But it wasn’t always so. In fact, Johnson’s past criticism of Trump was at times even more pitched than that of many of the Republicans who derided Trump in 2016, then just a Republican presidential candidate, as dangerous and unhinged — and have since come around to support him.
Some of this has less to do with Trump than it does with Johnson, who before becoming British foreign minister in 2016 made a habit of attacking foreign leaders and not mincing words. He at one point called George W. Bush “a cross-eyed Texan warmonger, unelected, inarticulate, who epitomizes the arrogance of American foreign policy.” When a bust of Winston Churchill was removed from Barack Obama’s Oval Office (along with others), Johnson derided it as “a symbol of the part-Kenyan President’s ancestral dislike of the British empire — of which Churchill had been such a fervent defender.” In 2012, he hit back at then-GOP presidential nominee Mitt Romney — whom he dismissively deemed “a guy called Mitt Romney” — for questioning London’s readiness for the upcoming Olympics.
Johnson has since telegraphed a softer approach to Trump, but there are already signs that could be tested. When Trump recently urged four nonwhite congresswoman to “go back” to their countries — even though three of the four are not immigrants — Johnson called it “completely unacceptable.” And Trump hasn’t exactly been shy about poking the top U.S. ally, leading to the occasional rebuke from May.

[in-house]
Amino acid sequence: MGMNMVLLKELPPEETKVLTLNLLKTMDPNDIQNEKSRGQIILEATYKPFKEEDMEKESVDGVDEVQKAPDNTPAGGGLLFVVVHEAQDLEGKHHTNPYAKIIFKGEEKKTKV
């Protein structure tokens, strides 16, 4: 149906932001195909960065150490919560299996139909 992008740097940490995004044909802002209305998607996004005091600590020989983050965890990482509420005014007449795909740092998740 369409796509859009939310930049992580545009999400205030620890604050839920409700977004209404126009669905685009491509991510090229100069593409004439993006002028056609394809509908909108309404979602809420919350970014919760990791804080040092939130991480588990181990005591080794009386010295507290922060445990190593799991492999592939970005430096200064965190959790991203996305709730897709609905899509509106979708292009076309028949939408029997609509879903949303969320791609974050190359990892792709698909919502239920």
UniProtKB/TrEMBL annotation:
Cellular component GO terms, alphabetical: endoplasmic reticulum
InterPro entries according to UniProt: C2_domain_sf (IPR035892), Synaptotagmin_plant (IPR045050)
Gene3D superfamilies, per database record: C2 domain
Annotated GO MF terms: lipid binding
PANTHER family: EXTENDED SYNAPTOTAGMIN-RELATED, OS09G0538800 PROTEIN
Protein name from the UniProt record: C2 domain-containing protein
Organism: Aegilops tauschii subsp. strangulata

Johnson also has been criticized for being too deferential — even sycophantic — toward Trump. That’s a criticism many of Trump’s GOP allies have weathered too, but they have very different constituencies to answer to than does Johnson. And given Johnson seems to have said what he really thinks about Trump in the past, it will be fascinating to see how he threads the diplomatic needle.